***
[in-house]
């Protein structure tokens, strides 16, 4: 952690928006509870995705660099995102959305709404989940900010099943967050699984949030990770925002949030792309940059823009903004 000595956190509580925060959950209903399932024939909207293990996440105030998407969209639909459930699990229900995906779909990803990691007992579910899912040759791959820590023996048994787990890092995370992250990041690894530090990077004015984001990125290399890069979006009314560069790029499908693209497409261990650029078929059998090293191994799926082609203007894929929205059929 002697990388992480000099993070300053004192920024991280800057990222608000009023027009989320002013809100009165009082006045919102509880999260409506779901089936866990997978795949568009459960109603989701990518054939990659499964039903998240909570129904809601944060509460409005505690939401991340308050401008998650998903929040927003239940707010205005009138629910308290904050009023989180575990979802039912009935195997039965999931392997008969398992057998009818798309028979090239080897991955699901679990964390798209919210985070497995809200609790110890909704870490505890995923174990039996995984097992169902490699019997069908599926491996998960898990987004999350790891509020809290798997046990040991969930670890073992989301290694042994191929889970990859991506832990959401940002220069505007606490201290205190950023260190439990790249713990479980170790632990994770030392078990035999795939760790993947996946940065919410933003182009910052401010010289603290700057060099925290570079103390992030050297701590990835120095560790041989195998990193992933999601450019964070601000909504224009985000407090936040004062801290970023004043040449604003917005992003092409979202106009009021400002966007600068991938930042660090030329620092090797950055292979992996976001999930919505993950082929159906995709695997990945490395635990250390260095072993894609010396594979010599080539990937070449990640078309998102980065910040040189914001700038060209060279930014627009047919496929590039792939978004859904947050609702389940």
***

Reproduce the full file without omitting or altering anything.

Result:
[in-house]
């Protein structure tokens, strides 16, 4: 952690928006509870995705660099995102959305709404989940900010099943967050699984949030990770925002949030792309940059823009903004 000595956190509580925060959950209903399932024939909207293990996440105030998407969209639909459930699990229900995906779909990803990691007992579910899912040759791959820590023996048994787990890092995370992250990041690894530090990077004015984001990125290399890069979006009314560069790029499908693209497409261990650029078929059998090293191994799926082609203007894929929205059929 002697990388992480000099993070300053004192920024991280800057990222608000009023027009989320002013809100009165009082006045919102509880999260409506779901089936866990997978795949568009459960109603989701990518054939990659499964039903998240909570129904809601944060509460409005505690939401991340308050401008998650998903929040927003239940707010205005009138629910308290904050009023989180575990979802039912009935195997039965999931392997008969398992057998009818798309028979090239080897991955699901679990964390798209919210985070497995809200609790110890909704870490505890995923174990039996995984097992169902490699019997069908599926491996998960898990987004999350790891509020809290798997046990040991969930670890073992989301290694042994191929889970990859991506832990959401940002220069505007606490201290205190950023260190439990790249713990479980170790632990994770030392078990035999795939760790993947996946940065919410933003182009910052401010010289603290700057060099925290570079103390992030050297701590990835120095560790041989195998990193992933999601450019964070601000909504224009985000407090936040004062801290970023004043040449604003917005992003092409979202106009009021400002966007600068991938930042660090030329620092090797950055292979992996976001999930919505993950082929159906995709695997990945490395635990250390260095072993894609010396594979010599080539990937070449990640078309998102980065910040040189914001700038060209060279930014627009047919496929590039792939978004859904947050609702389940």